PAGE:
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Managing the Modern Workplace
V&E International Labor & Employment Resources

  • 21
  • April
  • 2016

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Industry Groups Anguish Over New Silica Standard That Could Require Major Engineering Changes in the Hydraulic Fracturing Industry

It didn’t take long for industry groups to file legal challenges (in the Fifth and Eleventh Circuits) to OSHA’s new silica standards. Whether the courts will find that OSHA ignored evidence of technological and economic infeasibility that was presented during the rulemaking process or simply conclude that OSHA is owed deference with respect to these standards is hard to predict. Based on recent deference decisions in the courts, I am inclined to predict that the rules will be upheld. While there is no question in my mind that OSHA grossly underestimated the costs of complying with its new standards, much of the scientific evidence and analysis in the 600-plus pages of the final rule was compelling to this reader. This is a big issue: Approximately 2.3 million employees are exposed to crystalline silica dust at work, including those engaged in hydraulic fracturing, where crystalline silica is often a component of fluids used to stimulate well production of oil or natural gas. Few disagree that exposure to silica dust can cause serious illnesses, including lung cancer. For an industry that has been attacked almost daily by one or more of the presidential candidates, one has to wonder whether the correct response here is litigation or better engineering.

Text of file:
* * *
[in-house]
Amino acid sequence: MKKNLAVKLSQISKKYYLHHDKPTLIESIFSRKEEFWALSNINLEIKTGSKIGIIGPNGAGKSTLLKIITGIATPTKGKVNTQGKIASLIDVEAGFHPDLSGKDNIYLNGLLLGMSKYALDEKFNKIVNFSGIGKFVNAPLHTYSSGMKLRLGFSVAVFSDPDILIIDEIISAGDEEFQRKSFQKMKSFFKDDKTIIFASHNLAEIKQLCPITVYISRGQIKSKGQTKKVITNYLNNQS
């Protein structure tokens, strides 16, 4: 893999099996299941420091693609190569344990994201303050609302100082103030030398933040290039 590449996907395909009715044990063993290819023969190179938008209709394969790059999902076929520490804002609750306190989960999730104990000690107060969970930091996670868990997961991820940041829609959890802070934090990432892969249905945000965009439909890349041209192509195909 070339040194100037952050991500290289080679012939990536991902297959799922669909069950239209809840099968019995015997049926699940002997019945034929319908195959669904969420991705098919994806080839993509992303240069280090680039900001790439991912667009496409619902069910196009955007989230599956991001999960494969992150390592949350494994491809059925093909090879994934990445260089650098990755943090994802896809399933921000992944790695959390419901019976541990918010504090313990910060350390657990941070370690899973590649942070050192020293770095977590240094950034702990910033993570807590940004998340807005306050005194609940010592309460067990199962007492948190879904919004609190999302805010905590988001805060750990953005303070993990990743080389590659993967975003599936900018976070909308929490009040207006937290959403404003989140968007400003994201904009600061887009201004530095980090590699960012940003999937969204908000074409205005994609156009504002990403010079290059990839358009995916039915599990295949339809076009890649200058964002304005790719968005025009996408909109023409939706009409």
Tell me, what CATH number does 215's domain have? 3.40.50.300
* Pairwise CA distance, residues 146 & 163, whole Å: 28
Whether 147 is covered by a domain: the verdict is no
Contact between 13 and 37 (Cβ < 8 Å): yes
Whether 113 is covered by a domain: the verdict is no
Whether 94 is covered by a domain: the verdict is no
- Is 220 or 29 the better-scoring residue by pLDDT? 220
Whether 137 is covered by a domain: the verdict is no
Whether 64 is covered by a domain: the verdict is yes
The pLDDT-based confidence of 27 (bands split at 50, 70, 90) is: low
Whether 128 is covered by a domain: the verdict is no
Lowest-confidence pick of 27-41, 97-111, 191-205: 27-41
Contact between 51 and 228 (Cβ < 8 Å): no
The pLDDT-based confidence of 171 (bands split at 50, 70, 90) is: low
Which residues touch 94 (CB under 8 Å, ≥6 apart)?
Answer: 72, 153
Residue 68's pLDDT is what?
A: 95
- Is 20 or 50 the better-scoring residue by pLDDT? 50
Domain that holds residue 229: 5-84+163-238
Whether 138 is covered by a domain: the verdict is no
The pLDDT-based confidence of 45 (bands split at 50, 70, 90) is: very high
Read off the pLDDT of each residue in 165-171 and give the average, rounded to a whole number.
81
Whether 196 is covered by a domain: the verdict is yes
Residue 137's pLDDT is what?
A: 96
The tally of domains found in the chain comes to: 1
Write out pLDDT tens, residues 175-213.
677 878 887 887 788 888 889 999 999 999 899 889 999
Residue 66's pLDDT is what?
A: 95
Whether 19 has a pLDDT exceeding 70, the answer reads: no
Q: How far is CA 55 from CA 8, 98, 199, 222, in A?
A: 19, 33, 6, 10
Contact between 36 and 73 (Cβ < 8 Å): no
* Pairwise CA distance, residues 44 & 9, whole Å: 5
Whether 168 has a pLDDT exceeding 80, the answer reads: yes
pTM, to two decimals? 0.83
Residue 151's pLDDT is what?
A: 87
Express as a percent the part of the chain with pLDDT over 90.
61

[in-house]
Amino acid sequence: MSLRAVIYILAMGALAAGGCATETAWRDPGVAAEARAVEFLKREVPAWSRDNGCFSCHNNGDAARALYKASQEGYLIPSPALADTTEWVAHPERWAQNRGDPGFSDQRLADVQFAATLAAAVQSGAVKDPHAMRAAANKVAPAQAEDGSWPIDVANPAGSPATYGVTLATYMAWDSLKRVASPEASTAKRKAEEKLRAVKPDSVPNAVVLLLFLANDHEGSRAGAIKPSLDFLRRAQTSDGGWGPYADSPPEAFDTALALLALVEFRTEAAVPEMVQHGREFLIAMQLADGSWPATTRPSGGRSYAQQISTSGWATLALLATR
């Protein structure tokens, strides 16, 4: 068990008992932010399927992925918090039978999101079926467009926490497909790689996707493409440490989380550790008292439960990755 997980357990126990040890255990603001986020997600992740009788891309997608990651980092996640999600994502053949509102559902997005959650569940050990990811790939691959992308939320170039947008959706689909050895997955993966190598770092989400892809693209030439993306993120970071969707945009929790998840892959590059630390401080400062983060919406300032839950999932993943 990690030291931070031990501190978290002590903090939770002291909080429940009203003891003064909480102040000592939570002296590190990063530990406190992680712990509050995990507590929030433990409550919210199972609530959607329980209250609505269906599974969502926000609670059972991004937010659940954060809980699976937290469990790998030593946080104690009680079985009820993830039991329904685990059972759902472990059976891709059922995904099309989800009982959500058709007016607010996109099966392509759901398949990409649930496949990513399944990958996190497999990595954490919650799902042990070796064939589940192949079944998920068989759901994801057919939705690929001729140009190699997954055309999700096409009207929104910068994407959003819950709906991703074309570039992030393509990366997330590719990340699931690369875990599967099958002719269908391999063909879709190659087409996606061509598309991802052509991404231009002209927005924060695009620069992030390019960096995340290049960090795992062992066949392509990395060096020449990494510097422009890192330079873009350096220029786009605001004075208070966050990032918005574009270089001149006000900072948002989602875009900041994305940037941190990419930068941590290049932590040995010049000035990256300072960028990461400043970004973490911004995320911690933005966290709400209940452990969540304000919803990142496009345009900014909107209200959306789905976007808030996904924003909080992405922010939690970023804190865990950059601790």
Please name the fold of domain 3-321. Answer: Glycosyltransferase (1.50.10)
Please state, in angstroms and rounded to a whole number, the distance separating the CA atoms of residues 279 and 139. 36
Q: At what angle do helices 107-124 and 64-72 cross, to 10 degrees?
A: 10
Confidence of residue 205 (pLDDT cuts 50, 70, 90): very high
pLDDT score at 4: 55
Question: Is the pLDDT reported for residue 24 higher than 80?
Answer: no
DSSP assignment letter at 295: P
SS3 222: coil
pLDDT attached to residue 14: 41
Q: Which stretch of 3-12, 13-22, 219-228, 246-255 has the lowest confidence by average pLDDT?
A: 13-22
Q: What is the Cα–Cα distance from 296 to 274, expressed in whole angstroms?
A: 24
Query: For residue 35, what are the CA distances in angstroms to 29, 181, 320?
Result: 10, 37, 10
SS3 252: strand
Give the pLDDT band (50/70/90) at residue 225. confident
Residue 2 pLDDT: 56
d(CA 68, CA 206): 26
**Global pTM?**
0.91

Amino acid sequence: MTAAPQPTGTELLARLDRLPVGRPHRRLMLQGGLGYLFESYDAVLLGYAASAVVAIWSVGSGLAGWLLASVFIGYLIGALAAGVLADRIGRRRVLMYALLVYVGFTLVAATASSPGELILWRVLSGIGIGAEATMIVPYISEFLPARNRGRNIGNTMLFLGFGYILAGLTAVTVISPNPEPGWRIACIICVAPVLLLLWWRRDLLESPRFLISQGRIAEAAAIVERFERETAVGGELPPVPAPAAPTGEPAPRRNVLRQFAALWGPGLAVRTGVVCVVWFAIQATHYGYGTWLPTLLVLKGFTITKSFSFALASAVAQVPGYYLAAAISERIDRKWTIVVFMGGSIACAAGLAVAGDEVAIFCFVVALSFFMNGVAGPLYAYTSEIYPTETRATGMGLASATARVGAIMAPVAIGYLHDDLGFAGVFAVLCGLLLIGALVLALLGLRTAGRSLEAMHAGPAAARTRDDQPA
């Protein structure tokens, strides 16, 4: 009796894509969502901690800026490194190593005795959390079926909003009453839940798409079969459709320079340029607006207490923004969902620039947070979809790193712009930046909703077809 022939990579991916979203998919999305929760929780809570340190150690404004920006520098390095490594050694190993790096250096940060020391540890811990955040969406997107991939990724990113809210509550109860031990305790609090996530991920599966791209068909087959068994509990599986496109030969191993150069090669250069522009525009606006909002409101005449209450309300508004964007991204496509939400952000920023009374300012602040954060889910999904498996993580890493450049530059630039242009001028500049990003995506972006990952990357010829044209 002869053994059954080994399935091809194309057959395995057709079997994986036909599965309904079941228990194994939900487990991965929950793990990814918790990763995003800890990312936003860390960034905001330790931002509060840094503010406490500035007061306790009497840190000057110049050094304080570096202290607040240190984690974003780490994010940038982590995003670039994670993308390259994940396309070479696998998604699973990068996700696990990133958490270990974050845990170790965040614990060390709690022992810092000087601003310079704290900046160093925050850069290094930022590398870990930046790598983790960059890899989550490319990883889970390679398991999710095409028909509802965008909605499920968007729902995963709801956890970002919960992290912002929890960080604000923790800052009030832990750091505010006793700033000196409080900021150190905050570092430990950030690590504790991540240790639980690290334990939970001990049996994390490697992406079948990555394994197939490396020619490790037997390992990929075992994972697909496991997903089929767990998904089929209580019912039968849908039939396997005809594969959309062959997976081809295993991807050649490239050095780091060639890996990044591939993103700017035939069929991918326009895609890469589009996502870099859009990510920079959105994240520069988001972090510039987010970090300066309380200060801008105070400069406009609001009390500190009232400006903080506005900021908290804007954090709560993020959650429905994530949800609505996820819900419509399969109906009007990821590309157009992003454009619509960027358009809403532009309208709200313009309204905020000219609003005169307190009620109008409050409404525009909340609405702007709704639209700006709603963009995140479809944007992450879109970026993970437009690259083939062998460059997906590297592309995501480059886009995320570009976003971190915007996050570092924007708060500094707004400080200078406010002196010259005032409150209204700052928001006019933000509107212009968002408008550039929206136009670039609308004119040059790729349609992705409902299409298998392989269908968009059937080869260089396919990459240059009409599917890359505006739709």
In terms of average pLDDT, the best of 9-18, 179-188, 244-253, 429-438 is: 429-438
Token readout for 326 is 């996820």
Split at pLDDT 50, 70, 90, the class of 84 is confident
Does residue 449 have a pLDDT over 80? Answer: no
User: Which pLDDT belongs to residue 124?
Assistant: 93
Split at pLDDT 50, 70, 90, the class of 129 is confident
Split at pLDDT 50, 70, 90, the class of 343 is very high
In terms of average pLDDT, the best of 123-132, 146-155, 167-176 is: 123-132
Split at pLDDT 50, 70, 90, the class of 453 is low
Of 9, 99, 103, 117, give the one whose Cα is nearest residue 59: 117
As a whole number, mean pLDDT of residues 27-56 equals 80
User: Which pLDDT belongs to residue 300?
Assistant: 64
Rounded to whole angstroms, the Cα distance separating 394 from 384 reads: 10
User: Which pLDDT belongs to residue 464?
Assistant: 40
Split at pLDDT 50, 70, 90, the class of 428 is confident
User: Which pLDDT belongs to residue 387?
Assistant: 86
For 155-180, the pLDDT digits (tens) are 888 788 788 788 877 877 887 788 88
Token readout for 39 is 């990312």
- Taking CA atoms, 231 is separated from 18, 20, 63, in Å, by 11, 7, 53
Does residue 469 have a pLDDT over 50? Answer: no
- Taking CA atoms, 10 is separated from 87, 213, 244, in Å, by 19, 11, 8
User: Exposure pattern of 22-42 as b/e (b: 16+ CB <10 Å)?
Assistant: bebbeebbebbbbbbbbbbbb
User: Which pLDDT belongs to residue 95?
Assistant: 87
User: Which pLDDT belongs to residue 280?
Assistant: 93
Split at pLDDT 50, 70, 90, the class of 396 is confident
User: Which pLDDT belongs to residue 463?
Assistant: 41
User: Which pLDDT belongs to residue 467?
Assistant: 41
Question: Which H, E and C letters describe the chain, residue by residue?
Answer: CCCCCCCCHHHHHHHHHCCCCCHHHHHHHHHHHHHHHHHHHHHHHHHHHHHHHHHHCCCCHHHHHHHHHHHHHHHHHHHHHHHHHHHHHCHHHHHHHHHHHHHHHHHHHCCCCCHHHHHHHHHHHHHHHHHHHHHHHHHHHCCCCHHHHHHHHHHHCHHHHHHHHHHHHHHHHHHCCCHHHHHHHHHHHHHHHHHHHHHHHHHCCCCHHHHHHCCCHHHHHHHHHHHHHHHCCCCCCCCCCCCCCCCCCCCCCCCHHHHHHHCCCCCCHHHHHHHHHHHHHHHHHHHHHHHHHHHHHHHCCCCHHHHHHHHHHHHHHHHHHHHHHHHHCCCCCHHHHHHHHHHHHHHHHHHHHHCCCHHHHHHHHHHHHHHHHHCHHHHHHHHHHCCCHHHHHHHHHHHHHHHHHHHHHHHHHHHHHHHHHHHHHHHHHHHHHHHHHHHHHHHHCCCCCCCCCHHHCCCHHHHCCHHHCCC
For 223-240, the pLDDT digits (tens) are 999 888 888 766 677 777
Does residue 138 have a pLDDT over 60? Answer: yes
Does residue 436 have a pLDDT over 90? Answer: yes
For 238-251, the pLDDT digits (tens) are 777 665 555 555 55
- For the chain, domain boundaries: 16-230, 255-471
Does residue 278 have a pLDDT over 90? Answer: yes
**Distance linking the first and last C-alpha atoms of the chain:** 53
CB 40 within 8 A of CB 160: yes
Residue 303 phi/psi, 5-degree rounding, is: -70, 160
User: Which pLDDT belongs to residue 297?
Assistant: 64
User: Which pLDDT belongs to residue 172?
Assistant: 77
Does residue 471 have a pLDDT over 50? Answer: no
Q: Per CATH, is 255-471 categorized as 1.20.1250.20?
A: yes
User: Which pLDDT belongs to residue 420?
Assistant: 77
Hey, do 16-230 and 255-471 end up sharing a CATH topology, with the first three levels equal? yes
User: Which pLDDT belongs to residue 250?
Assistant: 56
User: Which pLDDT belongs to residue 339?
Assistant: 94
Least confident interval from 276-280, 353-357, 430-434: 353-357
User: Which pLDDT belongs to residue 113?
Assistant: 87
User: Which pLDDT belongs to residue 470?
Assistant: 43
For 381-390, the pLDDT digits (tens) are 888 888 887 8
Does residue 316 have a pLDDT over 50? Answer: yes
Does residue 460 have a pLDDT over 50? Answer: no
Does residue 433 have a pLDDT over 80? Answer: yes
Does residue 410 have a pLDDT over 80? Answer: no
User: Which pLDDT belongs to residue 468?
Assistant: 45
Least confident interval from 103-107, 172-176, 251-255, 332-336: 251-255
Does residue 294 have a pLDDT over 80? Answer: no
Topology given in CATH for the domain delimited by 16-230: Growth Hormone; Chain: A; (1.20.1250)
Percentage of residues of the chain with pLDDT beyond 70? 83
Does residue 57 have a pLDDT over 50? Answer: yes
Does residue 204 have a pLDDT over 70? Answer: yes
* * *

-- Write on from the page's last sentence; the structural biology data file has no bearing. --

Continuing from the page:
So what is the new standard? For more than 40 years, the permissible exposure limits (PEL) for silica has been 100 micrograms of respirable crystalline silica per cubic meter of air for general industry, and 250 micrograms for the construction industry. Under the new regulations, which go into effect on June 23, 2016, the PEL will drop to 50 micrograms per cubic meter for all industries. The new regulations will also require employers to use engineering controls and work practices as the primary methods to limit exposures below the PEL; employers cannot simply rely on respirators. Employers will also be required to assess the exposure of each employee who is or may be reasonably exposed to respirable crystalline silica above 25 micrograms per cubic meter. Employers will be required to provide medical examinations available at no cost to any employees who will be occupationally exposed (i.e., exposed to greater than 25 micrograms for 30 or more days a year), including an initial baseline medical examination and periodic follow-up examinations. Results of those examinations will be provided directly to the employee, not the employer. The new regulations also include requirements for hazard communication, training, air monitoring, recordkeeping, and provision of written control plans.

While the regulation goes into effect on June 23, 2016, employers will only have to begin complying with some the obligations of the standard on June 23, 2018. Because controls for respirable crystalline silica in hydraulic fracturing are still in development, the rule allows additional time – until June 23, 2021 – for those employers to implement engineering controls to limit exposure, and will be able to allow employees to use respirators between June 23, 2018 and June 23, 2021, when exposures exceed the PEL. Given these timelines, some employers may choose to wait on the legal challenges to be resolved. My own view is that waiting would be unwise, given my earlier prediction that the Secretary of Labor will ultimately win this one. However, even if I am wrong and the new standard is invalidated, I believe that employers would still benefit if they began looking at their workplaces today and explored ways to reduce employee exposure to silica dust.

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Author

Christopher V. Bacon

Christopher V. Bacon Counsel